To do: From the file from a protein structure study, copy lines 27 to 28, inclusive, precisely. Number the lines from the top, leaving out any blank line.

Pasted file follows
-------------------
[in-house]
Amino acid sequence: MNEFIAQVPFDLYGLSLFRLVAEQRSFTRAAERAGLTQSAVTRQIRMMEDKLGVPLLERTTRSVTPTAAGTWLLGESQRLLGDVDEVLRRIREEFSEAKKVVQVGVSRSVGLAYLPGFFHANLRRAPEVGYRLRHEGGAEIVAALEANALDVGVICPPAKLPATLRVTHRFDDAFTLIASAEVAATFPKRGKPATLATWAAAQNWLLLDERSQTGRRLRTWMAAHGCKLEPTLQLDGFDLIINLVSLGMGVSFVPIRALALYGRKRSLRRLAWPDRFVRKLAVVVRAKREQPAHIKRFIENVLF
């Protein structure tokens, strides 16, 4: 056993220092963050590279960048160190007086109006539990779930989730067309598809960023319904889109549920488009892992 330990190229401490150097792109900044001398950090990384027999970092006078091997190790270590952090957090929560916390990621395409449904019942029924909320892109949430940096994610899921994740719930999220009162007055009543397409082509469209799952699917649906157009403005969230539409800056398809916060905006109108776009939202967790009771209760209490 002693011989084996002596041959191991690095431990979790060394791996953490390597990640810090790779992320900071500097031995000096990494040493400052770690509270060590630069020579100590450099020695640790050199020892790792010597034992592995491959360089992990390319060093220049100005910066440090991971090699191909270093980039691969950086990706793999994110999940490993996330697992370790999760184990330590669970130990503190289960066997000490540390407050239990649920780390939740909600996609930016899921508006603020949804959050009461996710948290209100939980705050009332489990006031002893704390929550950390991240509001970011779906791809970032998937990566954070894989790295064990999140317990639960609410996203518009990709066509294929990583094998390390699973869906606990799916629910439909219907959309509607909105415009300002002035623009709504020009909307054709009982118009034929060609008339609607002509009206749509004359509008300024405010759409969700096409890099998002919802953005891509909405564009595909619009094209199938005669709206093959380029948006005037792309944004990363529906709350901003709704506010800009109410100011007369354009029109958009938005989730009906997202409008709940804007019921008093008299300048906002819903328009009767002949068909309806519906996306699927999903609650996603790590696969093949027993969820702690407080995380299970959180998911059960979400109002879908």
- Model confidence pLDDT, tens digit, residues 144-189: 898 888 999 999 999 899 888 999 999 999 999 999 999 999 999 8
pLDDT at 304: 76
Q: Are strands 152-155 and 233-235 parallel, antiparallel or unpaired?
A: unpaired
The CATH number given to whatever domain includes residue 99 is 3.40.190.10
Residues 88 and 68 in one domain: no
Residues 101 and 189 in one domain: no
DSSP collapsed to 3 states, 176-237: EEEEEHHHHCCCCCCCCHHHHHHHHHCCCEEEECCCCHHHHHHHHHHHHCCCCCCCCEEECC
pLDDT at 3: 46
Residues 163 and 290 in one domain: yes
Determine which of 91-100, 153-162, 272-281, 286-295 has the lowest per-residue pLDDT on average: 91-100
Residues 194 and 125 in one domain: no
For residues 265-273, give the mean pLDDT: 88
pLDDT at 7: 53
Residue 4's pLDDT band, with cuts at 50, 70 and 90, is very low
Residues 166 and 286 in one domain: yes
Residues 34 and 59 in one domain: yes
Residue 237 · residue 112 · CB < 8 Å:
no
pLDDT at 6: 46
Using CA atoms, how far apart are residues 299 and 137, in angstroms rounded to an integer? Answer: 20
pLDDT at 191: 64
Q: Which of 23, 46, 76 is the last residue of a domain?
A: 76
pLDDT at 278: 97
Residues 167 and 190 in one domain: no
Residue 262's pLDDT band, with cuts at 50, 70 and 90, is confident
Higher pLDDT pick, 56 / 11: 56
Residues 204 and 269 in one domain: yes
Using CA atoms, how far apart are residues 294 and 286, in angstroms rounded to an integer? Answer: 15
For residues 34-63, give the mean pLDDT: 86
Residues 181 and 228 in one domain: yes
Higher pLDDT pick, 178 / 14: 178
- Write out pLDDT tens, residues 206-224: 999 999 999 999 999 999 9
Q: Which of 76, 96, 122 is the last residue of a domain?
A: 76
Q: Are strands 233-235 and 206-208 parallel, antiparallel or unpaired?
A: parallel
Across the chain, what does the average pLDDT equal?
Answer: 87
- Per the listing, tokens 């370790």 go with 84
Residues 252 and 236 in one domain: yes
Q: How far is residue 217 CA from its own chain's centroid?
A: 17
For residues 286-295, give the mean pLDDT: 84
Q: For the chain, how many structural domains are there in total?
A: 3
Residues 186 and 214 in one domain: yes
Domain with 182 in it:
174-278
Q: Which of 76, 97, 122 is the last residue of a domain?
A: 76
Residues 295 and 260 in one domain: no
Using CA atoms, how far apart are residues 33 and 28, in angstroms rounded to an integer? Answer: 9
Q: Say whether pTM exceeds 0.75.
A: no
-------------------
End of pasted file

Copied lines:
A: 76
pLDDT at 278: 97